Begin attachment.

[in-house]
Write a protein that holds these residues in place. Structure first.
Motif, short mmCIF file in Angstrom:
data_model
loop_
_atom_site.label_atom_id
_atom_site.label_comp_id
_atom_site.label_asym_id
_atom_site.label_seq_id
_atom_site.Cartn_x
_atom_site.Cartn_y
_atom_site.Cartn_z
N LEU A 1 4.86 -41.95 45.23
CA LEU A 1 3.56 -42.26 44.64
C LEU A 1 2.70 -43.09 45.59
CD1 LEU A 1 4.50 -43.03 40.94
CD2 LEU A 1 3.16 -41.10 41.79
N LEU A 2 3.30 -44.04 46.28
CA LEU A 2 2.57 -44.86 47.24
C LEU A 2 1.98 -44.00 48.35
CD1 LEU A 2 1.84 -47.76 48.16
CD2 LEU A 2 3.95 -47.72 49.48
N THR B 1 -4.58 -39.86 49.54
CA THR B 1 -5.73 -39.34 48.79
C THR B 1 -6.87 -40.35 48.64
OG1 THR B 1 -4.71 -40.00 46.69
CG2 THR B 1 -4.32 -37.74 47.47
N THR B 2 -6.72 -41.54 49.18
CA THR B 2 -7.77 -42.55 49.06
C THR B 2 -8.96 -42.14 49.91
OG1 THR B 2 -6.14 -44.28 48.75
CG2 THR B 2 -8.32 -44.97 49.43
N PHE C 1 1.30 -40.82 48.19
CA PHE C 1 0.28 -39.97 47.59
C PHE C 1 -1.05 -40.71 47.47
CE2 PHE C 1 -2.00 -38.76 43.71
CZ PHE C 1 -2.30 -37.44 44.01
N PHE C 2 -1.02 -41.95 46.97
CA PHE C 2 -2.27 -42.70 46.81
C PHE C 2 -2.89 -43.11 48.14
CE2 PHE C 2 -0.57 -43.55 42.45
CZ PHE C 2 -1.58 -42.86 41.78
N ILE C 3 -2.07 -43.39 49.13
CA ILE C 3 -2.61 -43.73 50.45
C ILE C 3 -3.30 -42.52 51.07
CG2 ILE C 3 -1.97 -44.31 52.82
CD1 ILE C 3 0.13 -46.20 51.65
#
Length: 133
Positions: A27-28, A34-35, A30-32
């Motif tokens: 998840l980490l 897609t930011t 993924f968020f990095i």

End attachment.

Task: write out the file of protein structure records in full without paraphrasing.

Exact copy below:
[in-house]
Write a protein that holds these residues in place. Structure first.
Motif, short mmCIF file in Angstrom:
data_model
loop_
_atom_site.label_atom_id
_atom_site.label_comp_id
_atom_site.label_asym_id
_atom_site.label_seq_id
_atom_site.Cartn_x
_atom_site.Cartn_y
_atom_site.Cartn_z
N LEU A 1 4.86 -41.95 45.23
CA LEU A 1 3.56 -42.26 44.64
C LEU A 1 2.70 -43.09 45.59
CD1 LEU A 1 4.50 -43.03 40.94
CD2 LEU A 1 3.16 -41.10 41.79
N LEU A 2 3.30 -44.04 46.28
CA LEU A 2 2.57 -44.86 47.24
C LEU A 2 1.98 -44.00 48.35
CD1 LEU A 2 1.84 -47.76 48.16
CD2 LEU A 2 3.95 -47.72 49.48
N THR B 1 -4.58 -39.86 49.54
CA THR B 1 -5.73 -39.34 48.79
C THR B 1 -6.87 -40.35 48.64
OG1 THR B 1 -4.71 -40.00 46.69
CG2 THR B 1 -4.32 -37.74 47.47
N THR B 2 -6.72 -41.54 49.18
CA THR B 2 -7.77 -42.55 49.06
C THR B 2 -8.96 -42.14 49.91
OG1 THR B 2 -6.14 -44.28 48.75
CG2 THR B 2 -8.32 -44.97 49.43
N PHE C 1 1.30 -40.82 48.19
CA PHE C 1 0.28 -39.97 47.59
C PHE C 1 -1.05 -40.71 47.47
CE2 PHE C 1 -2.00 -38.76 43.71
CZ PHE C 1 -2.30 -37.44 44.01
N PHE C 2 -1.02 -41.95 46.97
CA PHE C 2 -2.27 -42.70 46.81
C PHE C 2 -2.89 -43.11 48.14
CE2 PHE C 2 -0.57 -43.55 42.45
CZ PHE C 2 -1.58 -42.86 41.78
N ILE C 3 -2.07 -43.39 49.13
CA ILE C 3 -2.61 -43.73 50.45
C ILE C 3 -3.30 -42.52 51.07
CG2 ILE C 3 -1.97 -44.31 52.82
CD1 ILE C 3 0.13 -46.20 51.65
#
Length: 133
Positions: A27-28, A34-35, A30-32
């Motif tokens: 998840l980490l 897609t930011t 993924f968020f990095i």